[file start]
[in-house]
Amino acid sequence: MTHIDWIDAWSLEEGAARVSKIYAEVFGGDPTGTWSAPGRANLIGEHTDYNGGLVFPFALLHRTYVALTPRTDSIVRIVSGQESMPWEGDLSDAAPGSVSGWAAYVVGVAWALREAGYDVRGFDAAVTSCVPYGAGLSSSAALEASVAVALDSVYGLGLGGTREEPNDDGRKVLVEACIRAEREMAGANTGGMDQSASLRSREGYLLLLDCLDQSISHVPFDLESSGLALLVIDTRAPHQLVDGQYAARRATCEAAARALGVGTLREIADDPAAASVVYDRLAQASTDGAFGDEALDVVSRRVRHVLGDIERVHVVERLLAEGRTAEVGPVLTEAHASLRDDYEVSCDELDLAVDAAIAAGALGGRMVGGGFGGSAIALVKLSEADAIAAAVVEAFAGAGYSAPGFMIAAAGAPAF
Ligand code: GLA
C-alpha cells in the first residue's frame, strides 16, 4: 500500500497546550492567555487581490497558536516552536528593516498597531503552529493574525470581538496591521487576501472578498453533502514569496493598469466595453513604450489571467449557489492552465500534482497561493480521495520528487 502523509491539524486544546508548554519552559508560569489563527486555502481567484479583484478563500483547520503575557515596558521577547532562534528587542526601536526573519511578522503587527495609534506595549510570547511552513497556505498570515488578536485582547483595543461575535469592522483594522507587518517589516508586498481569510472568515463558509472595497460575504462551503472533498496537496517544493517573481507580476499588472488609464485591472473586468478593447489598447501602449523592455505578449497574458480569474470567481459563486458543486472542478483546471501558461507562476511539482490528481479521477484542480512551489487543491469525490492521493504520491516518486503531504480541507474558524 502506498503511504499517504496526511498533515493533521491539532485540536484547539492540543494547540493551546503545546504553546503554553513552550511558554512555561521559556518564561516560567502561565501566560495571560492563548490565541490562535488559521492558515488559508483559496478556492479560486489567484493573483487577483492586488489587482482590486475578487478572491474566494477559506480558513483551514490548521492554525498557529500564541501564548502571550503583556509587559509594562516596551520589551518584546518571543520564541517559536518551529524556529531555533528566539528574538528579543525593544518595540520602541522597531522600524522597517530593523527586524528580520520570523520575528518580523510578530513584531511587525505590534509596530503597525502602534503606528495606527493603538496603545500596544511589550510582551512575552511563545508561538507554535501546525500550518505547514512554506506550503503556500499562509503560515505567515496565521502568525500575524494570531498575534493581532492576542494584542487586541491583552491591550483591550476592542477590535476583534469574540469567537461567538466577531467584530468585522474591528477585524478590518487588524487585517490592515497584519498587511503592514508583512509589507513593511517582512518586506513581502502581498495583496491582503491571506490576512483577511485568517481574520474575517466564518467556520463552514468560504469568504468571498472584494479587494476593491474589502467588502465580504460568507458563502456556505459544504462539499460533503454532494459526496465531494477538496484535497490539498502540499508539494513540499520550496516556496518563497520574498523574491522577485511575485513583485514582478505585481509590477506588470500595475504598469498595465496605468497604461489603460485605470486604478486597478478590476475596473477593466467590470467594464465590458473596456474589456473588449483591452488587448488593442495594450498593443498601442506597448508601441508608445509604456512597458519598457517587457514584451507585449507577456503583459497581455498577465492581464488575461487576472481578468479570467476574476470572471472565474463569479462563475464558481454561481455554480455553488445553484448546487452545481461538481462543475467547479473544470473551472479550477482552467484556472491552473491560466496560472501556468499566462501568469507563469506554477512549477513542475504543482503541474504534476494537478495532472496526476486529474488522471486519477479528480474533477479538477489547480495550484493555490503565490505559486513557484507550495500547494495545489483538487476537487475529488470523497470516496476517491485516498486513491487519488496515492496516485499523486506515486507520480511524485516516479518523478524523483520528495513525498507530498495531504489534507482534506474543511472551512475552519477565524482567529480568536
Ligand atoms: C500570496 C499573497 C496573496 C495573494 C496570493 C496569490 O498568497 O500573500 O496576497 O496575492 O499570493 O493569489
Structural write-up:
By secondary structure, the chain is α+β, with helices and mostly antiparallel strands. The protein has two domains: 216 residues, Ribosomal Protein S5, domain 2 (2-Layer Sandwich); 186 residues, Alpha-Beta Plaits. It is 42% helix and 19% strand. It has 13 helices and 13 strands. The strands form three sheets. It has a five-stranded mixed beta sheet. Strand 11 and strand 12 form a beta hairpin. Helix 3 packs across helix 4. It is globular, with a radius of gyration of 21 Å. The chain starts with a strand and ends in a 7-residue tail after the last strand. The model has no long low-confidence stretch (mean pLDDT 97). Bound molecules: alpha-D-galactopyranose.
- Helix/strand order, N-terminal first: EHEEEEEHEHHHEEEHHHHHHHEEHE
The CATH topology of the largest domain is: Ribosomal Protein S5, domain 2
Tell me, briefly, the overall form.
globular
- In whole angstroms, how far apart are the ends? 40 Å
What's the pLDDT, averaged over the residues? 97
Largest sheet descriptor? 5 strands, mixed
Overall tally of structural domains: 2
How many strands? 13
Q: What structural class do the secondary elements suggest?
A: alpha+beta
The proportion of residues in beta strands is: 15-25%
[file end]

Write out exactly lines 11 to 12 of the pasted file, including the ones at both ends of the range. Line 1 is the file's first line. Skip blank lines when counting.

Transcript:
globular
- In whole angstroms, how far apart are the ends? 40 Å